A new grocery consumer research study finds there are 18% more online grocery
users now compared with pre-COVID times. The survey of 615 American shoppers was released today by New York-based digital shopper marketing platform Chicory and has a margin of error of plus/minus 5.249%.
The results of Chicory's fourth quarterly consumer survey quantify the impact of COVID-19 on online grocery usage by comparing current results with past quarterly studies throughout 2020. The latest survey, conducted in early October, found that Walmart (55%) and Amazon (40%) are front-runners in the online grocery wars, but other retailers are gaining ground.
While Walmart and Amazon lost 12% and 30%, respectively, of online grocery
market share from January to April, Amazon regained 18% more share at an even higher level than all other quarters in the latest period. Although Bentonville, Arkansas-based Walmart lost a little over 1% of share compared with January, the retailer still commands the majority of the online grocery market, according to Chicory, with 55% consumers reporting that they use this retailer for their online grocery shopping. While Seattle-based Amazon gained share, this was at Walmart’s expense and not at the expense of other retailers, as more consumers reported using smaller retailers at higher levels, the survey found.
Today, Target, Kroger and Instacart command nearly the same market share at 23%, 22% and 21%, respectively.
From pre-COVID-19 to present, here's how much market share shifted for each retailer in
- Walmart: -1.27%
- Amazon: +17.49%
- Kroger: +17.68%
- Instacart: +27.75%
- Stop & Shop/Giant Foods: +44.01%
- Shipt: +67.70%
- Albertsons/Safeway: +20.23%
From July to the present, here's how much market share shifted for each retailer:
- Walmart: +15.03%
- Amazon: +33.51%
- Kroger: +4.65%
- Instacart: -11.23%
- Shop & Shop/Giant Foods: +9.84%
- Shipt: +18.93%
- Albertsons/Safeway: +17.74%
The leading retailers that consumers wrote in the “Other” section were H-E-B, BJ’s and Costco.
“Interestingly, Shipt, Stop& Shop, and Giant Foods had the largest increases in market share compared to other retailers from pre-COVID-19 to present,” said Yuni Sameshima, Chicory’s CEO and co-founder. “This may be because while all other retailers were well underway with e-commerce development, Stop & Shop, Giant Foods, and Shipt were still ramping up e-commerce awareness and development. And when consumers were confronted with limited retailer availability for purchasing groceries online, they turned to alternative choices that they hadn’t considered before. Now, Stop & Shop and Giant Foods operate their own e-commerce banners, having eliminated Peapod, and Shipt is reportedly adding 100,000 new holiday workers this year.”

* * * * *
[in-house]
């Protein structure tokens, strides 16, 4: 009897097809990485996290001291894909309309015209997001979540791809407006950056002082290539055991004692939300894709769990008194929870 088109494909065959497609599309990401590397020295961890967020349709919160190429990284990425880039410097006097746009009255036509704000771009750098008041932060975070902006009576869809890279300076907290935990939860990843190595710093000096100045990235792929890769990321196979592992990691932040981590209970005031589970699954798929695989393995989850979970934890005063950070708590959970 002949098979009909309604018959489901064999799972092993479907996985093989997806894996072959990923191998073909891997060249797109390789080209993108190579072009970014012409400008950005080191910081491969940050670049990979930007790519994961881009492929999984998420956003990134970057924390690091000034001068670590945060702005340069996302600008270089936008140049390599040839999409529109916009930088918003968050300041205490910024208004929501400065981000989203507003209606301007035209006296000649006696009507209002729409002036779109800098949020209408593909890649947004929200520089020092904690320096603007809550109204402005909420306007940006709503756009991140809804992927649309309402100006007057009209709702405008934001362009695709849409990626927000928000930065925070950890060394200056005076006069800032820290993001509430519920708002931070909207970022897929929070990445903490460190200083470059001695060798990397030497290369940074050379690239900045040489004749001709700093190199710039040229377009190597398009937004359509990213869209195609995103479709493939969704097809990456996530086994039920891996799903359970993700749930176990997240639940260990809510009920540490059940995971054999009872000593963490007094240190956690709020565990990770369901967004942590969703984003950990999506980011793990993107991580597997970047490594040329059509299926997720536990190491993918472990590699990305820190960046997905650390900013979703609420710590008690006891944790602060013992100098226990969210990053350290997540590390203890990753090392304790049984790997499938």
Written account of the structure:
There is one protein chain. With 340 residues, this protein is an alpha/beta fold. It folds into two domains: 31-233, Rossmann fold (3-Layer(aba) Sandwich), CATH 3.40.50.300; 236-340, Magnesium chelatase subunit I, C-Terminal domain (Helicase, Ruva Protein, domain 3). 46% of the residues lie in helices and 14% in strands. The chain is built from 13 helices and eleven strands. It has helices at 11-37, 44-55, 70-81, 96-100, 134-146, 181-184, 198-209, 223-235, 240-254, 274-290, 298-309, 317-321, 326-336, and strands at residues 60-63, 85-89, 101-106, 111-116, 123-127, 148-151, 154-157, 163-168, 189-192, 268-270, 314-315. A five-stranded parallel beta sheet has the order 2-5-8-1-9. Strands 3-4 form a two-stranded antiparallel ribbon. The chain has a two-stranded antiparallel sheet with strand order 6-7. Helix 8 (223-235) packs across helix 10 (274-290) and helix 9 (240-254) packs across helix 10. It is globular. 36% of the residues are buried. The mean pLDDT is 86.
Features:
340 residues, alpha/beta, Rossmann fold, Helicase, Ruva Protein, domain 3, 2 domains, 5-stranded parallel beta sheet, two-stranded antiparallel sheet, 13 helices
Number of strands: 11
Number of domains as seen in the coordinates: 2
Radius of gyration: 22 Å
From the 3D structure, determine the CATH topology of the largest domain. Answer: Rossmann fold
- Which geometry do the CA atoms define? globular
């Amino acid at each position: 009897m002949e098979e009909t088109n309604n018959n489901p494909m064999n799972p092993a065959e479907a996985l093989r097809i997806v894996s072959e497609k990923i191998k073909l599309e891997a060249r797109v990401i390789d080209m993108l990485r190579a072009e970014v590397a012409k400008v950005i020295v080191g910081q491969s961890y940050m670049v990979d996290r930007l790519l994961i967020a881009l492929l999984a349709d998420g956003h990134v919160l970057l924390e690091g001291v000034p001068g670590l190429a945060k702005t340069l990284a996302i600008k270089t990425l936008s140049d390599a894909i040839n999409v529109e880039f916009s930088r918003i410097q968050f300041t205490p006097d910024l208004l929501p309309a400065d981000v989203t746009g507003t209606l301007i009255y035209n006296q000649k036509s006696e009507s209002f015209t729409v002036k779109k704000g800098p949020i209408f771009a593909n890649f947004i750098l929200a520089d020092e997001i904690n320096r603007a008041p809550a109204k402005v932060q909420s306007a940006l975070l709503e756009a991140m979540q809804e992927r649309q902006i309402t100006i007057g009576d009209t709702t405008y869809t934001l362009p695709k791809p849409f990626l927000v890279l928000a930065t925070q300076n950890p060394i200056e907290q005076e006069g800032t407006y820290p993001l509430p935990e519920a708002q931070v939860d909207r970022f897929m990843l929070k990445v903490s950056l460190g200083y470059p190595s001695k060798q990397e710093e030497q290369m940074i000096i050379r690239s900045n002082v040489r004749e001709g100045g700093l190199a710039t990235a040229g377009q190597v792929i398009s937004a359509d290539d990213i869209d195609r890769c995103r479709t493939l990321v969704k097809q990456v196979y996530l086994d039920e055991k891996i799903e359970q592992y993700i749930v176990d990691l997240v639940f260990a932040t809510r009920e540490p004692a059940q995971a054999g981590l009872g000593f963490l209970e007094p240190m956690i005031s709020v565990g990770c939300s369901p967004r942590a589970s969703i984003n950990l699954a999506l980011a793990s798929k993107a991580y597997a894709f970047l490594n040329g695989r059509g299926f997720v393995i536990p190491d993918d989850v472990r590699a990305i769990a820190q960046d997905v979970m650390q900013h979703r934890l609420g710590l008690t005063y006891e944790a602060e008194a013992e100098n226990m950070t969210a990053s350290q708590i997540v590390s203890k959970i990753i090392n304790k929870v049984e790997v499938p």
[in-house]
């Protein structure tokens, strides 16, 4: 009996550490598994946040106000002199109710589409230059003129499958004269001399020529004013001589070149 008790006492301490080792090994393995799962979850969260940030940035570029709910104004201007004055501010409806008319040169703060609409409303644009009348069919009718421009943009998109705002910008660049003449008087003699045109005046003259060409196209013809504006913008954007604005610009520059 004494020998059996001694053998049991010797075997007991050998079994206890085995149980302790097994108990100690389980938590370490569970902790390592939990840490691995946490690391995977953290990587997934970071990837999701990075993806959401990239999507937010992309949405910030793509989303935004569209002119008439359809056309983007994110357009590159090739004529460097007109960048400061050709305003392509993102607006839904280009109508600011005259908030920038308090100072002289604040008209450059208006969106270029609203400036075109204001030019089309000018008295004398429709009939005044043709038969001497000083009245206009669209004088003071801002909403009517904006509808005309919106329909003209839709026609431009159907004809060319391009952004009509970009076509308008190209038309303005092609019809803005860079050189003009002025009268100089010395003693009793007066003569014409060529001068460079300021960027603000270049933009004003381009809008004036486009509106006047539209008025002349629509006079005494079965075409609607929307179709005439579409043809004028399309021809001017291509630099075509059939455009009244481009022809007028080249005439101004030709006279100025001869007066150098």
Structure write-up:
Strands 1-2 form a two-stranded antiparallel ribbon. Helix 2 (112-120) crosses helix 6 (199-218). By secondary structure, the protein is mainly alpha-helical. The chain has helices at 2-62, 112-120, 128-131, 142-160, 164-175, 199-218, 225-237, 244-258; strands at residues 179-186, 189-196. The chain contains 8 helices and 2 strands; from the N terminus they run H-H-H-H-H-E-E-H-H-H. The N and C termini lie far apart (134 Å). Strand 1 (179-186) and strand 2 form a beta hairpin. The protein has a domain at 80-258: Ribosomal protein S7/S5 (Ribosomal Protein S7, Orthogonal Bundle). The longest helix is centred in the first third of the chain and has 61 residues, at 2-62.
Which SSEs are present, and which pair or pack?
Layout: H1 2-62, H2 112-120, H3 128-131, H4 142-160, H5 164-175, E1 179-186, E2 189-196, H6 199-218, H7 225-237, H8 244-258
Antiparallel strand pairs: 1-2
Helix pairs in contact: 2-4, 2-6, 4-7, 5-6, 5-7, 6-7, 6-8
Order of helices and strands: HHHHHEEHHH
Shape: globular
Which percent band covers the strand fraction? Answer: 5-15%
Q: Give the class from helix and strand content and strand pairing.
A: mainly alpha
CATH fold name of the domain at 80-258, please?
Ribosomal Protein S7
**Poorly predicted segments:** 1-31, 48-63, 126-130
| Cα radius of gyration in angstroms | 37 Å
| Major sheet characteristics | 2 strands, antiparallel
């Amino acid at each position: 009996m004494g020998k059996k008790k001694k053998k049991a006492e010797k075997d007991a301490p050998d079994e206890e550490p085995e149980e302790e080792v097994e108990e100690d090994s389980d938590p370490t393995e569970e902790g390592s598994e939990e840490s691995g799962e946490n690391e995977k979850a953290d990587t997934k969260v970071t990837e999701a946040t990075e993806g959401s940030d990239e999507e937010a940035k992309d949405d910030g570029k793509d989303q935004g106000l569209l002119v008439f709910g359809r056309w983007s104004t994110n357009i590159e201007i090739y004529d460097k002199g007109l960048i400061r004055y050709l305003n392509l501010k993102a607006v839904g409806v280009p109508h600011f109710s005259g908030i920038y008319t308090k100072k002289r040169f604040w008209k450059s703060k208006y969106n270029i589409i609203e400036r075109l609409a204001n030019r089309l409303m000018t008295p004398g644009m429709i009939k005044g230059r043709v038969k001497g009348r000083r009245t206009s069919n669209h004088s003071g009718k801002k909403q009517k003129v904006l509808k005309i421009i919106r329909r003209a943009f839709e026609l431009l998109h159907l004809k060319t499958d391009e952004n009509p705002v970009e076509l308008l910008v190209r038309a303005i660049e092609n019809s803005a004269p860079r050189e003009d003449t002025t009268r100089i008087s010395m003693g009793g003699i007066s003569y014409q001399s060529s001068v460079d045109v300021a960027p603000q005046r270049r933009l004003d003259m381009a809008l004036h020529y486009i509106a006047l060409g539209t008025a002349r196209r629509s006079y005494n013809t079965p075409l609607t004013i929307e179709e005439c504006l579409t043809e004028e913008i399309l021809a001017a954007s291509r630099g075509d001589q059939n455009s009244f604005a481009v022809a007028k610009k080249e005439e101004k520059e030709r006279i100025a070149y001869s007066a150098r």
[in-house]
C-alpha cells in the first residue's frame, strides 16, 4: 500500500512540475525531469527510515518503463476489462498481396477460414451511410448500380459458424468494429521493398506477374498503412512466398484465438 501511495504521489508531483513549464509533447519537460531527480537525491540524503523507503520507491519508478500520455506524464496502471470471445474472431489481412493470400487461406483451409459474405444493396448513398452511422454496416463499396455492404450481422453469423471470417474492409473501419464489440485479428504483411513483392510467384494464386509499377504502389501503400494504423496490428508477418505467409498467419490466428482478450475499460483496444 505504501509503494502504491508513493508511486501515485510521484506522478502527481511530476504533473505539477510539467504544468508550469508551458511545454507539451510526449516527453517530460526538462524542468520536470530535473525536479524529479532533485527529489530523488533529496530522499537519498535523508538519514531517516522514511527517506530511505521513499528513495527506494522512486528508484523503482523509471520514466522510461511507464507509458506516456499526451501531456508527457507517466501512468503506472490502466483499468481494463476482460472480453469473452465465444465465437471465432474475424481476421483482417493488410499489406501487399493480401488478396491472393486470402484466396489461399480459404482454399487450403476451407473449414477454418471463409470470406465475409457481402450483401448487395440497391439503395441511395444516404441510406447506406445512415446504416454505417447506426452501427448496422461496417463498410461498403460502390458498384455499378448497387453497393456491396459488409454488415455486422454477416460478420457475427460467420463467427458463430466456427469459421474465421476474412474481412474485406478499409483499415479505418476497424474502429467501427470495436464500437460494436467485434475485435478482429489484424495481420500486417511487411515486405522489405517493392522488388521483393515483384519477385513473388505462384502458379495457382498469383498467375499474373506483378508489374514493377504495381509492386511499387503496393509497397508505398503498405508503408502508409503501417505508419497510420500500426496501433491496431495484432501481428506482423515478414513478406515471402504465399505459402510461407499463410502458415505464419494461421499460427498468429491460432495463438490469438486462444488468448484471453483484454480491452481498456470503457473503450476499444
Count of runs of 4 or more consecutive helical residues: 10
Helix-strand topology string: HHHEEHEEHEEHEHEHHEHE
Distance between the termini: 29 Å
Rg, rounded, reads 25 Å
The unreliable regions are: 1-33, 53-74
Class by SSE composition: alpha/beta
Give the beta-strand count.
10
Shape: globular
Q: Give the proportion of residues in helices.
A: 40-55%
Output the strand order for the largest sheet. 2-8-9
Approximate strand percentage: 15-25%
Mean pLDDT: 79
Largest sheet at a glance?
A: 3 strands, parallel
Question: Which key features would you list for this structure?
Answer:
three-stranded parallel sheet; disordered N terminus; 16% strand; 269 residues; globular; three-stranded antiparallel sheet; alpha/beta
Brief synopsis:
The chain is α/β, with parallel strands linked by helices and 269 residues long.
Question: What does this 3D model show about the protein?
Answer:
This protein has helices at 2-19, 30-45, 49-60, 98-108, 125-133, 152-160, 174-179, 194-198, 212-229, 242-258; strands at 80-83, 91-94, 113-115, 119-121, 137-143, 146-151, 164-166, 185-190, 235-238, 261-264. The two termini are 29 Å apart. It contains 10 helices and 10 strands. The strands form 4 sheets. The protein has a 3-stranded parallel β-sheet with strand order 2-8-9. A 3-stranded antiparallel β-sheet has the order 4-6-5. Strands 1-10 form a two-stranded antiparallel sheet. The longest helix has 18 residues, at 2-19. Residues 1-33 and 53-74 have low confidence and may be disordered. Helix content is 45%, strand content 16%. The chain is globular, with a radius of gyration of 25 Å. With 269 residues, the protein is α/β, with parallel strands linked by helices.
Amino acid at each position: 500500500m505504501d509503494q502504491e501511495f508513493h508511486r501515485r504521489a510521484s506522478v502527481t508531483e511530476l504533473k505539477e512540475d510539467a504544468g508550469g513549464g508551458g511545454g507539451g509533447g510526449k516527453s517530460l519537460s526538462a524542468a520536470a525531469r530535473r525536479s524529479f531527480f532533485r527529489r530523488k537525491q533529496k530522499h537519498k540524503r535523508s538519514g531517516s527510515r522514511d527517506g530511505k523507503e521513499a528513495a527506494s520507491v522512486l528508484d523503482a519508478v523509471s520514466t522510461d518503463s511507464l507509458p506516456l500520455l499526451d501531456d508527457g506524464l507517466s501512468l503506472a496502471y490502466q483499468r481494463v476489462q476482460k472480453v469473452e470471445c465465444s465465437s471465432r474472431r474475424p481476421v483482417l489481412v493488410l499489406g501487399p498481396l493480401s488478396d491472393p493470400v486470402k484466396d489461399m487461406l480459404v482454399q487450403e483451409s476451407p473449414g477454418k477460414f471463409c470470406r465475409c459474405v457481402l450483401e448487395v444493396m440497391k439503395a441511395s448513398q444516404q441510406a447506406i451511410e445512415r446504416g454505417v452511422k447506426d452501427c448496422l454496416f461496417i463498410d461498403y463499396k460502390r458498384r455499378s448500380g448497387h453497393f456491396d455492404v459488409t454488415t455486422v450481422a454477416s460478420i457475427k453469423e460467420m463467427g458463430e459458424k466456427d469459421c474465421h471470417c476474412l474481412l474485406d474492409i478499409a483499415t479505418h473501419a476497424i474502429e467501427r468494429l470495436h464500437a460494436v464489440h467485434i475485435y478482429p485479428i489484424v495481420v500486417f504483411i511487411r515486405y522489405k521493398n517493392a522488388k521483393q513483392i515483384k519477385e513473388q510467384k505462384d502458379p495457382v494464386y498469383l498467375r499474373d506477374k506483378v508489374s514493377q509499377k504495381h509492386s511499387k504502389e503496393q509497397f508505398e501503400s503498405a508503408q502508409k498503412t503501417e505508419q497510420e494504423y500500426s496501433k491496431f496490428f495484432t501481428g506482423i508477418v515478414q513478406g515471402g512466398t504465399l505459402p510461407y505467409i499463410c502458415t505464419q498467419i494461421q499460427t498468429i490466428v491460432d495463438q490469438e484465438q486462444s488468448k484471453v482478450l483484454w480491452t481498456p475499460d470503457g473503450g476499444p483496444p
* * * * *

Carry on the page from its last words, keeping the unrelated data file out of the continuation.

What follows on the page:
Although many restaurants have reopened, survey results indicate that 64% of
consumers are ordering groceries online and still cooking from home. In fact, online grocery usage in October exceeds levels from all other quarters.
The survey also suggests that a growing number of consumers are treating online grocery services as their regular weekly brick-and-mortar shops, building their carts with a full week's worth of groceries at a time. In each quarterly survey, the majority of respondents add groceries to their online carts weekly or more often. In October, this amounts to 56.85%, with the rest (43.15%) adding to their carts every few weeks.
Survey results found a near-even split between consumers who place an online grocery order once a week or more often (46.77%), and those who do so once a month or more infrequently (53.23%). This is a shift from January, which had a 41.74% (weekly or
more often) and 58.26% (monthly or more infrequently) split, but in line with April and
As for online grocery spending, shoppers in October indicated that they're making smaller purchases overall, likely due to the leveling off of “panic buying” behavior observed earlier in the year. Just over 15% more shoppers now say they spend $25 to $50 per order, as compared with last quarter. Similarly, 9.47% fewer shoppers responded that they spend $50 to $75 per order; and 20.71% fewer shoppers responded that they spend more than $100 per order.
Bentonville, Arkansas-based Walmart operates more than 11,300 stores under 58 banners in 27 countries, and e-commerce websites, employing 2.2 million-plus associates worldwide. Walmart U.S. is No. 1 on The PG 100, Progressive Grocer's list of the top food and consumables retailers in North America, while Walmart-owned Sam's Club ranks No. 9 on the list. Online retailer Amazon is No. 2 in PG's ranking, while its Austin, Texas-based subsidiary Whole Foods Market is No. 24.